- The Washington Times - Tuesday, December 14, 2021

Two members of Congress called for the NFL to “immediately” turn over all information into the league’s investigation into the Washington Football Team’s workplace misconduct after a report emerged that owner Dan Snyder actively interfered with investigator Beth Wilkinson’s work.

House Democrats Carolyn B. Maloney of New York and Raja Krishnamoorthi of Illinois released a statement Tuesday that urged the league to produce “all evidence” that Snyder obstructed the investigation. 

The statement comes following a Washington Post report that alleged Snyder used private investigators to track those who participated with the league’s review and also tried to block a woman who received a $1.6 million settlement from the team from speaking with Wilkinson.

Their request also comes weeks after the lawmakers, as part of the House Oversight and Reform Committee, called on the NFL to turn over all documents related to the league’s investigation. The league only partially cooperated, claiming some documents were part of privileged information. 

But the Post report spurred renewed calls from the lawmakers for the league to fully cooperate.



“It has become clear that Dan Snyder’s words and actions regarding the investigation into the Washington Football Team do not align,” Maloney said.  “While Mr. Snyder publicly stated that he wanted independent investigators to ferret out the truth, today’s reporting suggests that he was privately trying to obstruct the efforts of the very investigator he hired in an effort to conceal damaging information.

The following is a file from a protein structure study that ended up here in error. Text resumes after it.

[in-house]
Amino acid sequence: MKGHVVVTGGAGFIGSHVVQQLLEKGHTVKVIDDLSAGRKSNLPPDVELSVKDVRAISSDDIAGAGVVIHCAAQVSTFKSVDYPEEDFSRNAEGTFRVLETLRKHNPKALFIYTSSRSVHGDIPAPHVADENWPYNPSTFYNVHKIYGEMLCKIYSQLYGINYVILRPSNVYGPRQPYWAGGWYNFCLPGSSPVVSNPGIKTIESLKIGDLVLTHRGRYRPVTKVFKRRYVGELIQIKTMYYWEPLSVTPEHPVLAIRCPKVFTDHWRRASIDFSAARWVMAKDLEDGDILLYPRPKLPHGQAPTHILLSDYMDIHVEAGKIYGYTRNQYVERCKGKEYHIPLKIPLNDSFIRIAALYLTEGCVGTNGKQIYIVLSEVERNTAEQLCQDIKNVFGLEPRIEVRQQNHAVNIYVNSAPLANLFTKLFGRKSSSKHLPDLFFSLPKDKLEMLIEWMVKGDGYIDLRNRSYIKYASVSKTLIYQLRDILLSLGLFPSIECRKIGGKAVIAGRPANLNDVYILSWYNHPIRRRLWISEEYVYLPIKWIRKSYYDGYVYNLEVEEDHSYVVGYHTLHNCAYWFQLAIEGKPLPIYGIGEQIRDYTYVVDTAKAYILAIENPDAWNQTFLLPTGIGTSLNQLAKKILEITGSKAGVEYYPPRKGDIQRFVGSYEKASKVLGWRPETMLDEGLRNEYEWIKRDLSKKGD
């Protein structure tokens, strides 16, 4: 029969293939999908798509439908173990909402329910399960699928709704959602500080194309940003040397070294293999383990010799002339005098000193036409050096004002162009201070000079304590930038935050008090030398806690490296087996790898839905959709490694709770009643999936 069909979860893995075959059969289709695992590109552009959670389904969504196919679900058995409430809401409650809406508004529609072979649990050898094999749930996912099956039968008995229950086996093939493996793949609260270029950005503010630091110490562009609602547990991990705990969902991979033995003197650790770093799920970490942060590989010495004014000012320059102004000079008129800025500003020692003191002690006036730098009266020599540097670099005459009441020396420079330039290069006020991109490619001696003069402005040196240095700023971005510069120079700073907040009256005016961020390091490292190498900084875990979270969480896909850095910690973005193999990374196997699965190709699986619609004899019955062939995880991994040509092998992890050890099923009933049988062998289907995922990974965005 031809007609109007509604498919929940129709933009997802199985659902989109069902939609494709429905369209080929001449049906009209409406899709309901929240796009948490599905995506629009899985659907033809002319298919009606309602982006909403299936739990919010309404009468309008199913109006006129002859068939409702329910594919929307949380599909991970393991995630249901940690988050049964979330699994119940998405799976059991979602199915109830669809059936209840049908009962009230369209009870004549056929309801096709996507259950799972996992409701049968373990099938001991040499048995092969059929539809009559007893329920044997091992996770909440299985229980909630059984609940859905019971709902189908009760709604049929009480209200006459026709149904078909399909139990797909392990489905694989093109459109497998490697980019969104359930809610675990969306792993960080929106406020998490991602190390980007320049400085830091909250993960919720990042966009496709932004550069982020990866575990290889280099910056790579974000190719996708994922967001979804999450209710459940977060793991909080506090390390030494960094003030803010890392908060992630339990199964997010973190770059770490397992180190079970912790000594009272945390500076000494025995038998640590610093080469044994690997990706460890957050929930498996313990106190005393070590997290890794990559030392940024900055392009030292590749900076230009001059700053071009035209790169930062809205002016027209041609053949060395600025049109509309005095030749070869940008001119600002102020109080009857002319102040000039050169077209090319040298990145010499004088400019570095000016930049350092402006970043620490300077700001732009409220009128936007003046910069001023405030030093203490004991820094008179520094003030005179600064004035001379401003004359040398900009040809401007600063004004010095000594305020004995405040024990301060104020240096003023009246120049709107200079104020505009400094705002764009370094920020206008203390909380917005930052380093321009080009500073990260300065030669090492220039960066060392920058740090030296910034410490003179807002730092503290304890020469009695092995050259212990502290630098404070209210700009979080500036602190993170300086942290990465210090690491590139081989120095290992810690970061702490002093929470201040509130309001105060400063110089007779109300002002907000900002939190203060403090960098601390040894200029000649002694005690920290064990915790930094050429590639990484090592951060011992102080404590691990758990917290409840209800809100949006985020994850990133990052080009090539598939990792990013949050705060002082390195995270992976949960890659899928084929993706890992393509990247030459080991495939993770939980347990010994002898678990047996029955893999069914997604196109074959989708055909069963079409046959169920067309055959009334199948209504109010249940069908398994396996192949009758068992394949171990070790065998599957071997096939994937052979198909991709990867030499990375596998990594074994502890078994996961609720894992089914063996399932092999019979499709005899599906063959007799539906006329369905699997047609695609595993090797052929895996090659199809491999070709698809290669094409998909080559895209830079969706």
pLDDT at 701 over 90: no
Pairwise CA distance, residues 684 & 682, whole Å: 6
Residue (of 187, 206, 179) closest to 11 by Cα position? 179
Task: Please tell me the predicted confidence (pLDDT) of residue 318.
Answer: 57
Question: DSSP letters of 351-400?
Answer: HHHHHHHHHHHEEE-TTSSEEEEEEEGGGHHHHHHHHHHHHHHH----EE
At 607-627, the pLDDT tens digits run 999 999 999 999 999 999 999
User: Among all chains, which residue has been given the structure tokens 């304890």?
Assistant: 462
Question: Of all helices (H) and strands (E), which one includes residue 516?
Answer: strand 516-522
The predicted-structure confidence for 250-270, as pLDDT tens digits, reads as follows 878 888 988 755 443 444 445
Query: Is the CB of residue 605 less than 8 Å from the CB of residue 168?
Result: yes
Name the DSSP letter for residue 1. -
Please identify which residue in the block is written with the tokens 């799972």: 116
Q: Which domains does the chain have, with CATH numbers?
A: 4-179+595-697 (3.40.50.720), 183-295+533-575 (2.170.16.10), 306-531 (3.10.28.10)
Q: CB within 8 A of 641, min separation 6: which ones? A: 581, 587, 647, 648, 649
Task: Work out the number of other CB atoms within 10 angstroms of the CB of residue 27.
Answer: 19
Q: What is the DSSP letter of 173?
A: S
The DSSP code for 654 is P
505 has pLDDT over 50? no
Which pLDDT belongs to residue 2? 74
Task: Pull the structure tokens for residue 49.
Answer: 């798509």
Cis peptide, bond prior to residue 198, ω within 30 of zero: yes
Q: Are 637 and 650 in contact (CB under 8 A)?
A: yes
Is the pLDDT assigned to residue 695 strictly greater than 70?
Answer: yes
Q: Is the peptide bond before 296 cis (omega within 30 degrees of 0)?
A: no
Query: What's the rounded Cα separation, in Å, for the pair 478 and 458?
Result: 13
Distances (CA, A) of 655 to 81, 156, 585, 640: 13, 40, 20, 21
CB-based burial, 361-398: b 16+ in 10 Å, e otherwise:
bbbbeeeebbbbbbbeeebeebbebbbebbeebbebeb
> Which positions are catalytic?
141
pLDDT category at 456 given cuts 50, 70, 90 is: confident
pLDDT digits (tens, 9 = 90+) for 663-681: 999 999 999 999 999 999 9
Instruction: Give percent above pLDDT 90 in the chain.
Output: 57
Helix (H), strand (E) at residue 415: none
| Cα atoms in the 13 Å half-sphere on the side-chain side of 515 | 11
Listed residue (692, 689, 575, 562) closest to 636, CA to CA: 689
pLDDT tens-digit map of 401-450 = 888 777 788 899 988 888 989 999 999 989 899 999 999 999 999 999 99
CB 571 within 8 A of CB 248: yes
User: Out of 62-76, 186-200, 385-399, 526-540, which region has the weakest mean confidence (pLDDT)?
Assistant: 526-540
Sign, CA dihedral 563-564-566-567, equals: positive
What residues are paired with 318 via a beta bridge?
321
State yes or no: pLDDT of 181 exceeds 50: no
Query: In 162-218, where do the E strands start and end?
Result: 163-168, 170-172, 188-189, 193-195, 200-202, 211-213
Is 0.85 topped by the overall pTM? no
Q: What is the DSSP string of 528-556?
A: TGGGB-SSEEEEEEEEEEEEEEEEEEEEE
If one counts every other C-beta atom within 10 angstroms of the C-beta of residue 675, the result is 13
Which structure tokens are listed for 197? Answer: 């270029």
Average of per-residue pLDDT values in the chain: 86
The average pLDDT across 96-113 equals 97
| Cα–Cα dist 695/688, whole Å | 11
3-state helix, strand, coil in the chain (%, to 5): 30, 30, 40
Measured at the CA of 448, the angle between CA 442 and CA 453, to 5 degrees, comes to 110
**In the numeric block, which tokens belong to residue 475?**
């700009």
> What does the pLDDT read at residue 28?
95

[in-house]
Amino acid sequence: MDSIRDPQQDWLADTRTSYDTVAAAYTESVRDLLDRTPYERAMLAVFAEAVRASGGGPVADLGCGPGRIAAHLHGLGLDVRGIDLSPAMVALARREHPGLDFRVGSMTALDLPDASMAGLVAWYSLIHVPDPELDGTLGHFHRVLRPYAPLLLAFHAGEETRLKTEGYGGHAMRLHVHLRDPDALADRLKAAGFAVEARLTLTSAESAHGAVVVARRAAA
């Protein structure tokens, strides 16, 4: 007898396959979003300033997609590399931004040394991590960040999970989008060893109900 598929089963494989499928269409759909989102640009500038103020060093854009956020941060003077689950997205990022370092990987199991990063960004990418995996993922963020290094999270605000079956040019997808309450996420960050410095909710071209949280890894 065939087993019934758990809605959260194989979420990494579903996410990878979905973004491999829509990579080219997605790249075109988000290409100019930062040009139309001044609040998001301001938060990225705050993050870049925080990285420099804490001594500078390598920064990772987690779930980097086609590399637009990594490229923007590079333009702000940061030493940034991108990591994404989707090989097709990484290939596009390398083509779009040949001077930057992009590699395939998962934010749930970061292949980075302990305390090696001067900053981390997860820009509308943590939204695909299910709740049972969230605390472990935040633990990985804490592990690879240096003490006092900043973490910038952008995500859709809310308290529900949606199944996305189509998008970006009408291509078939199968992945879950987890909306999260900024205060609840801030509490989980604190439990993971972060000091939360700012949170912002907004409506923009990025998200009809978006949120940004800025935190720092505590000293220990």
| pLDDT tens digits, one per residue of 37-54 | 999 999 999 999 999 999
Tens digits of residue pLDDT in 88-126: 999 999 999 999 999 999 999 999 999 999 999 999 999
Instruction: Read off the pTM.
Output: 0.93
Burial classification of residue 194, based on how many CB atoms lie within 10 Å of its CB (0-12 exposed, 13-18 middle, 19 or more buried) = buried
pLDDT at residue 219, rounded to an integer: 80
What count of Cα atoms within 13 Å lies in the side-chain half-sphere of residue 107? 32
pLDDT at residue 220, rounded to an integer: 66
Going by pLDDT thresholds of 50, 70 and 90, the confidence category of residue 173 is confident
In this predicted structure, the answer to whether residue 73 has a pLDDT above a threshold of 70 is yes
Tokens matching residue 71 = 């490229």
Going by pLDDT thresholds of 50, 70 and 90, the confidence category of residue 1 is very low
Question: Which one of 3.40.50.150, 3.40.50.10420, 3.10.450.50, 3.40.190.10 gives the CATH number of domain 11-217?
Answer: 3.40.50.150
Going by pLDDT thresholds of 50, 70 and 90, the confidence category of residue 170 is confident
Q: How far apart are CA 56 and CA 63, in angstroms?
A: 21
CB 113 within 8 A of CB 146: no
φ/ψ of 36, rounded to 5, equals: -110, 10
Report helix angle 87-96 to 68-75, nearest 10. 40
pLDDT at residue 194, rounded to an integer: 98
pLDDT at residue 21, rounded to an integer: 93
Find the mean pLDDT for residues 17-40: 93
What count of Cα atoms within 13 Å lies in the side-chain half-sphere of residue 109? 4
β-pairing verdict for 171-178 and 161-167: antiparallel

“These disturbing revelations have only strengthened the Committee’s commitment to uncovering the truth in this matter.  The NFL must honor Commissioner Goodell’s promise to cooperate with Congress and fully comply with the Committee’s request for documents.”

The lawmakers first requested the information on Oct. 21 in wake of former Raiders coach Jon Gruden’s resignation over leaked emails unearthed during the league’s investigation into Washington. The committee, which sent the league a letter,  gave the NFL until Nov. 5 to comply.

When that deadline passed, the members released a statement that called for the NFL and Washington to release all individuals from non-disclosure agreements that prevented them from speaking about Snyder.

On Nov. 21, the Wall Street Journal reported the committee and the league were going back and forth over the request to comply — with a committee spokesperson saying the league had “no valid basis” to withhold the information. 

The NFL did not release a full report of Wilkinson’s review, instead only summarizing the findings. As part of that, the league fined the team $10 million and said Snyder would take a step back from day-to-day operations for several months.

“Today’s news confirms our worst fears:  Dan Snyder actively fought to undermine NFL’s investigation into WFT’s hostile workplace culture,” Krishnamoorthi said.  “According to this reporting, not only did he try to prevent a key fact witness—a woman he paid $1.6 million in a sexual misconduct settlement—from speaking with investigators, he went as far as to send private investigator to witnesses’ homes.  Snyder will stop at nothing.  To get to the bottom of this story, NFL must immediately turn over all evidence of Snyder’s interference and the other documents we requested over a month ago.”

• Matthew Paras can be reached at mparas@washingtontimes.com.

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